“It looks like between one and two thirds of all the total CDM offsets do not represent actual emission cuts.” — David Victor, Stanford University and co-author of a study examining 3000 UN funded offset programs
World’s Largest Carbon Market Facilitates Pollution
An article in the Guardian newspaper reveals that billions worth of ‘clean’ investment on the world’s largest carbon offsets market ends up polluting the environment. The article cites researchers who’ve reviewed the participating companies in the Kyoto Protocol Clean Development Mechanism (CDM). They issued a report which seriously undermines the credibility of the CDM.
The CDM certificates facilitate the funding of clean technology investments by Third World companies that are expanding their operations. Western companies can buy the certificates to offset their own pollution. But it turns out that in reality most of the funds go to coal and oil companies, builders of destructive dams and other enterprises that are not green in the slightest.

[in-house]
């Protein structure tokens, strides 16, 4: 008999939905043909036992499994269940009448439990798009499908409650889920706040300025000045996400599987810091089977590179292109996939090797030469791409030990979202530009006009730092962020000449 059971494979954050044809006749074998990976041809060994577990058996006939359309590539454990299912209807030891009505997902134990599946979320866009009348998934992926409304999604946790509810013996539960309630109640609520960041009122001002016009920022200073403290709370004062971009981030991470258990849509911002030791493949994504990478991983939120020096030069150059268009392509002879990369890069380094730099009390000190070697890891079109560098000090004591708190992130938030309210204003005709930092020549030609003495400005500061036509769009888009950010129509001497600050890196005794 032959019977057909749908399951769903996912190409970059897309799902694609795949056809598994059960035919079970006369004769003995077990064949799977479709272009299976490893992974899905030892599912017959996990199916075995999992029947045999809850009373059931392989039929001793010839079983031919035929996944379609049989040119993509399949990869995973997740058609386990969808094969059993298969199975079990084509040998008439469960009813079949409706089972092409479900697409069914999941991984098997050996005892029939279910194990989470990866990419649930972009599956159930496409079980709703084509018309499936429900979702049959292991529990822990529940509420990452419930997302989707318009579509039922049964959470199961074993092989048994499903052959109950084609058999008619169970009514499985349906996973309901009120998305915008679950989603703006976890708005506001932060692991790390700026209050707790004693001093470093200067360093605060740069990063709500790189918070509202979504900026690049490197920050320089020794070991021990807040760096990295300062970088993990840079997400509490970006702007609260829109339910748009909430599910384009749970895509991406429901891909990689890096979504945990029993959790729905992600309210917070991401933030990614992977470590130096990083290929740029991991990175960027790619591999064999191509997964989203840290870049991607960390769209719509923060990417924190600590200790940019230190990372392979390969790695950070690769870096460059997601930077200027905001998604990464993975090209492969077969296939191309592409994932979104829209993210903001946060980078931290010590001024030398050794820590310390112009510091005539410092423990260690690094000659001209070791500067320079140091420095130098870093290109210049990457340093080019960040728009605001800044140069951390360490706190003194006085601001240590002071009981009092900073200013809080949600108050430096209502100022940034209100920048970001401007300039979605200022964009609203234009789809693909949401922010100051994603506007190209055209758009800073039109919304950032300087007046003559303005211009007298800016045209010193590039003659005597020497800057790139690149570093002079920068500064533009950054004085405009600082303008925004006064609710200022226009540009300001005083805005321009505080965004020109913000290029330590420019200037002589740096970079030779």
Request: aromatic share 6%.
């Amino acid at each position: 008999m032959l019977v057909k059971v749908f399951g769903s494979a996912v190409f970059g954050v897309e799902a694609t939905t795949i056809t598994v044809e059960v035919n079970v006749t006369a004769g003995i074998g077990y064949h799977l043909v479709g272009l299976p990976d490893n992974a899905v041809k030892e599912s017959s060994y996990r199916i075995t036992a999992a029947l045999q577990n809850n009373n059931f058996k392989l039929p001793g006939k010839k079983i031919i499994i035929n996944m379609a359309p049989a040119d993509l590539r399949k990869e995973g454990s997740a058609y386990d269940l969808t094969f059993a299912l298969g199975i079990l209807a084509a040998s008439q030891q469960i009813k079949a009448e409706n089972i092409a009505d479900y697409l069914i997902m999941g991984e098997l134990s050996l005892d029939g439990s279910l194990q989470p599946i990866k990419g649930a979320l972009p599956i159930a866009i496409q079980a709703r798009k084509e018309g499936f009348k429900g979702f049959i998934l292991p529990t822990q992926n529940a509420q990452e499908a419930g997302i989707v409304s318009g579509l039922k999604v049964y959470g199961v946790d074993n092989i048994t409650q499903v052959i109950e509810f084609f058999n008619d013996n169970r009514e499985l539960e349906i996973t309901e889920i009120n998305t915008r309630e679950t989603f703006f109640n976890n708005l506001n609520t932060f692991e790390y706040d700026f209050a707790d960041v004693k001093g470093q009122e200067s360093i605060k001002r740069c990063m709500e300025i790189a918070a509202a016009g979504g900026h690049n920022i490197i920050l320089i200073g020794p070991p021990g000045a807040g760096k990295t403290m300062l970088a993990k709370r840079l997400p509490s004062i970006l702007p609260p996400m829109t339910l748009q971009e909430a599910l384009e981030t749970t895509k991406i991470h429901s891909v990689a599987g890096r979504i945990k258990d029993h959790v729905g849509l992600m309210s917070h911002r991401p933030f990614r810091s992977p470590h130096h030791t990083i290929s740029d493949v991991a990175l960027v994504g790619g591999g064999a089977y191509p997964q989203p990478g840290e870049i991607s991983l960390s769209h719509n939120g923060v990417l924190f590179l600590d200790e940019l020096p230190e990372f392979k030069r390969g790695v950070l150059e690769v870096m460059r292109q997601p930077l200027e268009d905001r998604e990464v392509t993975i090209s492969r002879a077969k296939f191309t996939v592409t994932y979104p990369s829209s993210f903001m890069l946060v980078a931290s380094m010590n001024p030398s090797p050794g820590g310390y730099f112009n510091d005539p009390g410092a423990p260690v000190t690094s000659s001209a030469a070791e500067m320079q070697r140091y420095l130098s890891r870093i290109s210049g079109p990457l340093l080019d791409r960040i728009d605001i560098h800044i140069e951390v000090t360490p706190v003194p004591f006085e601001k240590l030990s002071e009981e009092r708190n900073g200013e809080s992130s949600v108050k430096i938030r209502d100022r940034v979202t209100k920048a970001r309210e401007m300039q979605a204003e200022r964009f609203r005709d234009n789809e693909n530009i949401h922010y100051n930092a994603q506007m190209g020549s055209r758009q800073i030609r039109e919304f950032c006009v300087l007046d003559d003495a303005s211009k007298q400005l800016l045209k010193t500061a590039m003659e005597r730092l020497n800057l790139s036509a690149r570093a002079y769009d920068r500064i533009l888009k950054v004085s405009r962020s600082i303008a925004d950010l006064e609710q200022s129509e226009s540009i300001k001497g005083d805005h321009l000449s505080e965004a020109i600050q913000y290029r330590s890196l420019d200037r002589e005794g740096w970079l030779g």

The research that revealed the practices is of major importance not least because policymakers are set to review the CDM in the near future as the Kyoto Protocol expires in 2012. CDM credits are the world’s largest offset market, with annual trading last year totalling around EUR40 billion. Most credits are currently traded on the European Trading System (ETS) by European countries and companies but when the US starts to participate, something that’s more or less a given, trading will rise to over EUR 100 billion within two years easily.
The Stanford scholars opened a can of worms. They say that “Much of the market does not reflect actual reductions in emissions, and that trend is poised to get worse.” They researched more than 3,000 projects that had been applying/granted for up to $10bn of credits for the next four years and said that most of the applications should be rejected. If the scheme operated in any way realistically, we’d see a much smaller market, they say cautioning that there’s hardly enough clean air available for the demand that will build up in the near future. That’s rather an important point to consider ahead of next week’s Warner-Lieberman cap and trade bill which proposes US companies are allowed to buy up to 15% of their needed carbon credits from the (successor to the) CDM.